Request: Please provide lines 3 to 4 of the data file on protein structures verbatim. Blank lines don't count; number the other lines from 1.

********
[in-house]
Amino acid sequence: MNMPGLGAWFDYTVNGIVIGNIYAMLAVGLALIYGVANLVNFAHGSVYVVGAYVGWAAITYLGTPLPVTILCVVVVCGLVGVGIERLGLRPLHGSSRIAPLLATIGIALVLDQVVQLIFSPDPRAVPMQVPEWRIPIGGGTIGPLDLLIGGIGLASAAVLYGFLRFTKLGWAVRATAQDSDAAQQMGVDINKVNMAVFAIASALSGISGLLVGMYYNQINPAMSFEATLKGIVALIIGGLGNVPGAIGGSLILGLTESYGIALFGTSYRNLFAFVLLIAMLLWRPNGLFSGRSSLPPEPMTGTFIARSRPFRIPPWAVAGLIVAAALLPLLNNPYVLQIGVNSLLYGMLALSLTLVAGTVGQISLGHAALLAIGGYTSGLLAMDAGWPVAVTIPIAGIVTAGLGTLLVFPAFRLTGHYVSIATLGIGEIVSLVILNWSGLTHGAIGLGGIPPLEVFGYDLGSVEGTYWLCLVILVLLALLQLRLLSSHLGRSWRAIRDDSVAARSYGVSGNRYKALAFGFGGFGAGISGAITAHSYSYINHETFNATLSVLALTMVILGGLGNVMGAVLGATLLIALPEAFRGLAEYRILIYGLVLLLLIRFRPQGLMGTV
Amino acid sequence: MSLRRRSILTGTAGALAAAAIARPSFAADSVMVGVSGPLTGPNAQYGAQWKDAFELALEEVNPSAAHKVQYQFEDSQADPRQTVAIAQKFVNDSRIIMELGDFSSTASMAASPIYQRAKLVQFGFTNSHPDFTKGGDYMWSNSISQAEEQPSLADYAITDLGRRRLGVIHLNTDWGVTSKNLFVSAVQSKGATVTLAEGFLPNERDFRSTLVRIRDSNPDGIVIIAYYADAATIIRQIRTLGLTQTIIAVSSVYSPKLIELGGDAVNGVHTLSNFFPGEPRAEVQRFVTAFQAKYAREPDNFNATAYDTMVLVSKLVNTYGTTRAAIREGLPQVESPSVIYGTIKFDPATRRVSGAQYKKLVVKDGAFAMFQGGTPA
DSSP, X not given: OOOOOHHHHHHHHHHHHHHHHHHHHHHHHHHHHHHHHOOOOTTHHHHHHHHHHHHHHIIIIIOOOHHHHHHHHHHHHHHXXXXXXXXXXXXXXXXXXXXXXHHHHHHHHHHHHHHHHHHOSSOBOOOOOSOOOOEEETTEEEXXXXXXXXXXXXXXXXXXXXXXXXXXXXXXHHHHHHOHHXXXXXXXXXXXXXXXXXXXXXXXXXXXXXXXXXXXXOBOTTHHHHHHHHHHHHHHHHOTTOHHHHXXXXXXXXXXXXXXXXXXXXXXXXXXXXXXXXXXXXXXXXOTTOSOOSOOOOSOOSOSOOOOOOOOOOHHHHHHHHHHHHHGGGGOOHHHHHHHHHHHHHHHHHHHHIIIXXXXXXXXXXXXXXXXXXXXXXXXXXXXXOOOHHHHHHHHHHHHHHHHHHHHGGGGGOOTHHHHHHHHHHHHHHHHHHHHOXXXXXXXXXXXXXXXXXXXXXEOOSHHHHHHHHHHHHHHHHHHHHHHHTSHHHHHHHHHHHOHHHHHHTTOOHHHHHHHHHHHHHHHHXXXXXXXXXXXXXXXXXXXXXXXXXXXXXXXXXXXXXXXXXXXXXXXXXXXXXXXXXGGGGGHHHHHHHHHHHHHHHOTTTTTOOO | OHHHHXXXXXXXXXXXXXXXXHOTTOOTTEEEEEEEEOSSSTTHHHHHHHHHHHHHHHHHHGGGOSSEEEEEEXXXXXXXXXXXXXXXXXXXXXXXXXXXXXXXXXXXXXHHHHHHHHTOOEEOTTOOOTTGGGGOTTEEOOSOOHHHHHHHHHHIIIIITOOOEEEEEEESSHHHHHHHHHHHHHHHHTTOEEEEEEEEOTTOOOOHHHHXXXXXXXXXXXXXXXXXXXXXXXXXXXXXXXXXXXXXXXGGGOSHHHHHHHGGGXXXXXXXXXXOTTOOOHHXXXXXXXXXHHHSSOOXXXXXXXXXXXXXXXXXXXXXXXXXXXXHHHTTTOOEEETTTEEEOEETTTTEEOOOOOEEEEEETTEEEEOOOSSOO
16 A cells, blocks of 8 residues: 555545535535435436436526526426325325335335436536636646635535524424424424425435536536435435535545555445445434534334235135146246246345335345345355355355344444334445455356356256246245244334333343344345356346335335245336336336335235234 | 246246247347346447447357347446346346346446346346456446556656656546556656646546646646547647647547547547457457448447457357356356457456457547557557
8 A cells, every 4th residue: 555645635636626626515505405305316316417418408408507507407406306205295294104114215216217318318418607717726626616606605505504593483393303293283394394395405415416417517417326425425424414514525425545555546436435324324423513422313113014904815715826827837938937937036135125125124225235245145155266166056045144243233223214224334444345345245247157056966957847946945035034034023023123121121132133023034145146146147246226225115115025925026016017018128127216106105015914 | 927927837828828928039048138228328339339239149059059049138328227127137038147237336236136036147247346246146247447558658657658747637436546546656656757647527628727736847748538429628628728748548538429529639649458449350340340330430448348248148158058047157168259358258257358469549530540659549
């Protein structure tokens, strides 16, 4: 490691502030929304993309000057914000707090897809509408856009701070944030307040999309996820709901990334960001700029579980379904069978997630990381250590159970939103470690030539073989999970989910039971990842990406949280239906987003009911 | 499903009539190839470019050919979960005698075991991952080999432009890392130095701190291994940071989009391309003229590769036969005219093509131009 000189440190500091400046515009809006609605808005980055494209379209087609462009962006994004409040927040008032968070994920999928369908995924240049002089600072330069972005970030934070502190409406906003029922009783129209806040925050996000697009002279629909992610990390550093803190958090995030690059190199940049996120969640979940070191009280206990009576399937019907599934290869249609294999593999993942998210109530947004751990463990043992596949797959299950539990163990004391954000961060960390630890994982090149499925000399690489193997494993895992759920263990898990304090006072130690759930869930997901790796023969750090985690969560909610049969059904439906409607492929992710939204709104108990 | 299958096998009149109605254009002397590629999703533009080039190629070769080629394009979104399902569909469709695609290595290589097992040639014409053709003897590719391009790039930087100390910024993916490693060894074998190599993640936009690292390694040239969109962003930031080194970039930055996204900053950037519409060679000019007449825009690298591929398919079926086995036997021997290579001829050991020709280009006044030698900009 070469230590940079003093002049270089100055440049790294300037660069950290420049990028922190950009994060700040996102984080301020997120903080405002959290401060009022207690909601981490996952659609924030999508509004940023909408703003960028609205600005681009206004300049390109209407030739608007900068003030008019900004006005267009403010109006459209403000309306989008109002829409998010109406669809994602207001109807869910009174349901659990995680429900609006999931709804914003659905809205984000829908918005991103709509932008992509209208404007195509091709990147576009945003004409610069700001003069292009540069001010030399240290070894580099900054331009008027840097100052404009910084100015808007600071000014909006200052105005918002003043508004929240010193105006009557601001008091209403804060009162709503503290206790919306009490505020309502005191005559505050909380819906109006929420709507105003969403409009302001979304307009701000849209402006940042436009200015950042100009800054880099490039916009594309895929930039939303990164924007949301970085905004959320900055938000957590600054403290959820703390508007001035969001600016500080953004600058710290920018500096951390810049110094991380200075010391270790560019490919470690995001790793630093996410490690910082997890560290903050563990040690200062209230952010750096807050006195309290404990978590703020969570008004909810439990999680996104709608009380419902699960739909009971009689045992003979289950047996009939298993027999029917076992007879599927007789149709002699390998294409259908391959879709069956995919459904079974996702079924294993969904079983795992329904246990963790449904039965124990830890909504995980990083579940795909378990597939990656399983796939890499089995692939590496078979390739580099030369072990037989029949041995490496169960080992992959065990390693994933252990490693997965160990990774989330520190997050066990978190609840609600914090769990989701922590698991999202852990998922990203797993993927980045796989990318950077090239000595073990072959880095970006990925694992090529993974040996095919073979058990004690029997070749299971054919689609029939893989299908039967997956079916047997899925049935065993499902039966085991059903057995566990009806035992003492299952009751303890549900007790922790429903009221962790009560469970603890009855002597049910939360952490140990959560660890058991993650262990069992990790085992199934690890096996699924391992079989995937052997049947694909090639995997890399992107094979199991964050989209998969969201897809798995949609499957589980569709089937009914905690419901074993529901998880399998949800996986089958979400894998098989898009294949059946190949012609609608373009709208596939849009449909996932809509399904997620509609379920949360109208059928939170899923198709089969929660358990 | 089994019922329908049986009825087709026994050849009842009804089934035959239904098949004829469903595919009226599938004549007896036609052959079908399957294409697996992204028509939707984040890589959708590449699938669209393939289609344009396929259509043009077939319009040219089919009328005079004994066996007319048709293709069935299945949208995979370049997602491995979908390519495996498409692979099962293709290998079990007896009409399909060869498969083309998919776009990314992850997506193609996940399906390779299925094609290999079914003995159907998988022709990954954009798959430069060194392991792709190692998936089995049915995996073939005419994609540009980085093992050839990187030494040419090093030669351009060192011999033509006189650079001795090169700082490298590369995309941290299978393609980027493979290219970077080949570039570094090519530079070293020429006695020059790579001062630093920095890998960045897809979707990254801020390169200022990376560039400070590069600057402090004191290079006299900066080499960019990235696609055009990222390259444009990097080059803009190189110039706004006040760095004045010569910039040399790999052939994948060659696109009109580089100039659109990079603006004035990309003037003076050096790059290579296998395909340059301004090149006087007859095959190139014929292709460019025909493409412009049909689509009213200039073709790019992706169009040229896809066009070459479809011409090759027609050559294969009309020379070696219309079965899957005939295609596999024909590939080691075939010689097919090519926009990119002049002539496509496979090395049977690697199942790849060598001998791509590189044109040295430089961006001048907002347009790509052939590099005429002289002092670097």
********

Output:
Amino acid sequence: MSLRRRSILTGTAGALAAAAIARPSFAADSVMVGVSGPLTGPNAQYGAQWKDAFELALEEVNPSAAHKVQYQFEDSQADPRQTVAIAQKFVNDSRIIMELGDFSSTASMAASPIYQRAKLVQFGFTNSHPDFTKGGDYMWSNSISQAEEQPSLADYAITDLGRRRLGVIHLNTDWGVTSKNLFVSAVQSKGATVTLAEGFLPNERDFRSTLVRIRDSNPDGIVIIAYYADAATIIRQIRTLGLTQTIIAVSSVYSPKLIELGGDAVNGVHTLSNFFPGEPRAEVQRFVTAFQAKYAREPDNFNATAYDTMVLVSKLVNTYGTTRAAIREGLPQVESPSVIYGTIKFDPATRRVSGAQYKKLVVKDGAFAMFQGGTPA
DSSP, X not given: OOOOOHHHHHHHHHHHHHHHHHHHHHHHHHHHHHHHHOOOOTTHHHHHHHHHHHHHHIIIIIOOOHHHHHHHHHHHHHHXXXXXXXXXXXXXXXXXXXXXXHHHHHHHHHHHHHHHHHHOSSOBOOOOOSOOOOEEETTEEEXXXXXXXXXXXXXXXXXXXXXXXXXXXXXXHHHHHHOHHXXXXXXXXXXXXXXXXXXXXXXXXXXXXXXXXXXXXOBOTTHHHHHHHHHHHHHHHHOTTOHHHHXXXXXXXXXXXXXXXXXXXXXXXXXXXXXXXXXXXXXXXXOTTOSOOSOOOOSOOSOSOOOOOOOOOOHHHHHHHHHHHHHGGGGOOHHHHHHHHHHHHHHHHHHHHIIIXXXXXXXXXXXXXXXXXXXXXXXXXXXXXOOOHHHHHHHHHHHHHHHHHHHHGGGGGOOTHHHHHHHHHHHHHHHHHHHHOXXXXXXXXXXXXXXXXXXXXXEOOSHHHHHHHHHHHHHHHHHHHHHHHTSHHHHHHHHHHHOHHHHHHTTOOHHHHHHHHHHHHHHHHXXXXXXXXXXXXXXXXXXXXXXXXXXXXXXXXXXXXXXXXXXXXXXXXXXXXXXXXXGGGGGHHHHHHHHHHHHHHHOTTTTTOOO | OHHHHXXXXXXXXXXXXXXXXHOTTOOTTEEEEEEEEOSSSTTHHHHHHHHHHHHHHHHHHGGGOSSEEEEEEXXXXXXXXXXXXXXXXXXXXXXXXXXXXXXXXXXXXXHHHHHHHHTOOEEOTTOOOTTGGGGOTTEEOOSOOHHHHHHHHHHIIIIITOOOEEEEEEESSHHHHHHHHHHHHHHHHTTOEEEEEEEEOTTOOOOHHHHXXXXXXXXXXXXXXXXXXXXXXXXXXXXXXXXXXXXXXXGGGOSHHHHHHHGGGXXXXXXXXXXOTTOOOHHXXXXXXXXXHHHSSOOXXXXXXXXXXXXXXXXXXXXXXXXXXXXHHHTTTOOEEETTTEEEOEETTTTEEOOOOOEEEEEETTEEEEOOOSSOO